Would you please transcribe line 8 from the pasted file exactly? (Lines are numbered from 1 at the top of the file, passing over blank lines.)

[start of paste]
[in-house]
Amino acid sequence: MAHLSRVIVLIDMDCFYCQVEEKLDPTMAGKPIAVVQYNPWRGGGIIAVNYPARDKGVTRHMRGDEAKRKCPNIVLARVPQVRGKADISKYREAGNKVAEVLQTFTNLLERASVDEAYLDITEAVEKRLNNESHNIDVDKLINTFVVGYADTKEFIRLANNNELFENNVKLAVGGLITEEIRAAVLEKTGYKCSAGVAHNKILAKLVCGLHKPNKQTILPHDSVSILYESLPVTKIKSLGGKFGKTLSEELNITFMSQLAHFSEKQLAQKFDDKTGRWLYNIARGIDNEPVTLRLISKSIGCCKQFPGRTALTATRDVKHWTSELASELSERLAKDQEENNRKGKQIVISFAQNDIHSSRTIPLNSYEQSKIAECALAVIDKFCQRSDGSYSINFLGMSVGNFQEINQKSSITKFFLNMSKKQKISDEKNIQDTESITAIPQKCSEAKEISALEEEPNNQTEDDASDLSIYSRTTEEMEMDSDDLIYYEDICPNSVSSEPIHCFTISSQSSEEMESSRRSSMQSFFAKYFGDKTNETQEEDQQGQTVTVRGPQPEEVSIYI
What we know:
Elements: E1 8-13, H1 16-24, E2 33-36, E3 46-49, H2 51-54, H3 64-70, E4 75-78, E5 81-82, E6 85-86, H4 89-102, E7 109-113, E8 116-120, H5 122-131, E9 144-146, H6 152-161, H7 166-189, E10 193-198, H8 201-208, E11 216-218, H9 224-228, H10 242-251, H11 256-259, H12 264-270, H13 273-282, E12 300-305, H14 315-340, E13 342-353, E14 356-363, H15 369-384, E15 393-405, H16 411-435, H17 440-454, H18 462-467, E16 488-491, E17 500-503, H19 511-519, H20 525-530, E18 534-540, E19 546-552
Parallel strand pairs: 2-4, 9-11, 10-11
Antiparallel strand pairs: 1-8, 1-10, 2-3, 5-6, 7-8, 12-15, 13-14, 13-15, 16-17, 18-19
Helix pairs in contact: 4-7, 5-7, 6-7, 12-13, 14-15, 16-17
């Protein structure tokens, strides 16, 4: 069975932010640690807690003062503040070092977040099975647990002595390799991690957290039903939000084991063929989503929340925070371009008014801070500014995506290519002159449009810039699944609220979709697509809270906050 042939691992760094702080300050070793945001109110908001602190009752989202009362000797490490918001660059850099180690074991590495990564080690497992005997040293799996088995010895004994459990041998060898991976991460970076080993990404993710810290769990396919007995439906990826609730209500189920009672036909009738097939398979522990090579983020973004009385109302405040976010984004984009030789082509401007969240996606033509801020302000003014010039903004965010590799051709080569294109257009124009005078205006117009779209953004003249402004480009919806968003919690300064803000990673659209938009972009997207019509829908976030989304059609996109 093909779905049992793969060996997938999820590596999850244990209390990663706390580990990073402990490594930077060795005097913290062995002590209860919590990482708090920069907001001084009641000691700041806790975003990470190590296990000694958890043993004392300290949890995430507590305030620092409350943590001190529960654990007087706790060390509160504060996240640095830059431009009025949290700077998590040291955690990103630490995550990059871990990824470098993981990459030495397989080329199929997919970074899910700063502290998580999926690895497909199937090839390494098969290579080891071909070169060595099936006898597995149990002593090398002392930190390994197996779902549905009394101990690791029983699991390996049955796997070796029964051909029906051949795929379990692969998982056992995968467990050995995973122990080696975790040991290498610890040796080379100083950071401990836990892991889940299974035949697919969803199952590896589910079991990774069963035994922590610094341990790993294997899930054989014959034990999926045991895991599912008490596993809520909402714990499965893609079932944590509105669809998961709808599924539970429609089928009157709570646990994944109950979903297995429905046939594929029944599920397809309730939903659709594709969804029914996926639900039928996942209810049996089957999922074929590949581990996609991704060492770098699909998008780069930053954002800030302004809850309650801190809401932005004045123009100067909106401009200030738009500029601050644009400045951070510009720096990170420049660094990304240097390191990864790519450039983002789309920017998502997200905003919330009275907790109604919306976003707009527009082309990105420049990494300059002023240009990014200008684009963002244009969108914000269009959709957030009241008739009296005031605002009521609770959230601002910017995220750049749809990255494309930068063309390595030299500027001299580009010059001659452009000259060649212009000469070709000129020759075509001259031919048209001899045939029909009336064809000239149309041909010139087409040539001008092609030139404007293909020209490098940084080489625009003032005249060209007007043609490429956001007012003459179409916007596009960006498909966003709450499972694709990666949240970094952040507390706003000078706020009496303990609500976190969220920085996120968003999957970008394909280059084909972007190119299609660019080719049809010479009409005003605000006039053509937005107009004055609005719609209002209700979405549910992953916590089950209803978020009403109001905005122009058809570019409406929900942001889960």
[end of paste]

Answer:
């Protein structure tokens, strides 16, 4: 069975932010640690807690003062503040070092977040099975647990002595390799991690957290039903939000084991063929989503929340925070371009008014801070500014995506290519002159449009810039699944609220979709697509809270906050 042939691992760094702080300050070793945001109110908001602190009752989202009362000797490490918001660059850099180690074991590495990564080690497992005997040293799996088995010895004994459990041998060898991976991460970076080993990404993710810290769990396919007995439906990826609730209500189920009672036909009738097939398979522990090579983020973004009385109302405040976010984004984009030789082509401007969240996606033509801020302000003014010039903004965010590799051709080569294109257009124009005078205006117009779209953004003249402004480009919806968003919690300064803000990673659209938009972009997207019509829908976030989304059609996109 093909779905049992793969060996997938999820590596999850244990209390990663706390580990990073402990490594930077060795005097913290062995002590209860919590990482708090920069907001001084009641000691700041806790975003990470190590296990000694958890043993004392300290949890995430507590305030620092409350943590001190529960654990007087706790060390509160504060996240640095830059431009009025949290700077998590040291955690990103630490995550990059871990990824470098993981990459030495397989080329199929997919970074899910700063502290998580999926690895497909199937090839390494098969290579080891071909070169060595099936006898597995149990002593090398002392930190390994197996779902549905009394101990690791029983699991390996049955796997070796029964051909029906051949795929379990692969998982056992995968467990050995995973122990080696975790040991290498610890040796080379100083950071401990836990892991889940299974035949697919969803199952590896589910079991990774069963035994922590610094341990790993294997899930054989014959034990999926045991895991599912008490596993809520909402714990499965893609079932944590509105669809998961709808599924539970429609089928009157709570646990994944109950979903297995429905046939594929029944599920397809309730939903659709594709969804029914996926639900039928996942209810049996089957999922074929590949581990996609991704060492770098699909998008780069930053954002800030302004809850309650801190809401932005004045123009100067909106401009200030738009500029601050644009400045951070510009720096990170420049660094990304240097390191990864790519450039983002789309920017998502997200905003919330009275907790109604919306976003707009527009082309990105420049990494300059002023240009990014200008684009963002244009969108914000269009959709957030009241008739009296005031605002009521609770959230601002910017995220750049749809990255494309930068063309390595030299500027001299580009010059001659452009000259060649212009000469070709000129020759075509001259031919048209001899045939029909009336064809000239149309041909010139087409040539001008092609030139404007293909020209490098940084080489625009003032005249060209007007043609490429956001007012003459179409916007596009960006498909966003709450499972694709990666949240970094952040507390706003000078706020009496303990609500976190969220920085996120968003999957970008394909280059084909972007190119299609660019080719049809010479009409005003605000006039053509937005107009004055609005719609209002209700979405549910992953916590089950209803978020009403109001905005122009058809570019409406929900942001889960």